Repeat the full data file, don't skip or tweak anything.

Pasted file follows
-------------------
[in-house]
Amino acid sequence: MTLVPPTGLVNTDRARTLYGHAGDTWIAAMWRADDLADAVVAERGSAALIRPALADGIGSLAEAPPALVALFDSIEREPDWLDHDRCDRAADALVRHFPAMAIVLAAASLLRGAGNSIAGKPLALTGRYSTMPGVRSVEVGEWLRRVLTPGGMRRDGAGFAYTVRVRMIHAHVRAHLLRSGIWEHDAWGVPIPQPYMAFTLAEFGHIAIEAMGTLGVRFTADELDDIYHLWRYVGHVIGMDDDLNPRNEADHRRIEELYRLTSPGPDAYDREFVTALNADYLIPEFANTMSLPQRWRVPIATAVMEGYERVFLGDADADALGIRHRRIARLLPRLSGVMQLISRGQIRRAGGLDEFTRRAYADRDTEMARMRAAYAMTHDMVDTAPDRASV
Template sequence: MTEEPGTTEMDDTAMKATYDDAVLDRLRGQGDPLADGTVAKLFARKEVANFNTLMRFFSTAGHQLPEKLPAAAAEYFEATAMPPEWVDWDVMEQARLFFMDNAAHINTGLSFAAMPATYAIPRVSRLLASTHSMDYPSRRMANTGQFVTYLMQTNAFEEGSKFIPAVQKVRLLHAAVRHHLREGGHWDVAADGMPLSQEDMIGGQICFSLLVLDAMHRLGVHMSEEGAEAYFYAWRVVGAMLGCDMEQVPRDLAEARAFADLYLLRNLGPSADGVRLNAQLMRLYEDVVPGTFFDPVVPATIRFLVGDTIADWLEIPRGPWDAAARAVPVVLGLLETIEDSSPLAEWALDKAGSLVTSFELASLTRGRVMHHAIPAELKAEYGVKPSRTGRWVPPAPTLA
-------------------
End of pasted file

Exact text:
[in-house]
Amino acid sequence: MTLVPPTGLVNTDRARTLYGHAGDTWIAAMWRADDLADAVVAERGSAALIRPALADGIGSLAEAPPALVALFDSIEREPDWLDHDRCDRAADALVRHFPAMAIVLAAASLLRGAGNSIAGKPLALTGRYSTMPGVRSVEVGEWLRRVLTPGGMRRDGAGFAYTVRVRMIHAHVRAHLLRSGIWEHDAWGVPIPQPYMAFTLAEFGHIAIEAMGTLGVRFTADELDDIYHLWRYVGHVIGMDDDLNPRNEADHRRIEELYRLTSPGPDAYDREFVTALNADYLIPEFANTMSLPQRWRVPIATAVMEGYERVFLGDADADALGIRHRRIARLLPRLSGVMQLISRGQIRRAGGLDEFTRRAYADRDTEMARMRAAYAMTHDMVDTAPDRASV
Template sequence: MTEEPGTTEMDDTAMKATYDDAVLDRLRGQGDPLADGTVAKLFARKEVANFNTLMRFFSTAGHQLPEKLPAAAAEYFEATAMPPEWVDWDVMEQARLFFMDNAAHINTGLSFAAMPATYAIPRVSRLLASTHSMDYPSRRMANTGQFVTYLMQTNAFEEGSKFIPAVQKVRLLHAAVRHHLREGGHWDVAADGMPLSQEDMIGGQICFSLLVLDAMHRLGVHMSEEGAEAYFYAWRVVGAMLGCDMEQVPRDLAEARAFADLYLLRNLGPSADGVRLNAQLMRLYEDVVPGTFFDPVVPATIRFLVGDTIADWLEIPRGPWDAAARAVPVVLGLLETIEDSSPLAEWALDKAGSLVTSFELASLTRGRVMHHAIPAELKAEYGVKPSRTGRWVPPAPTLA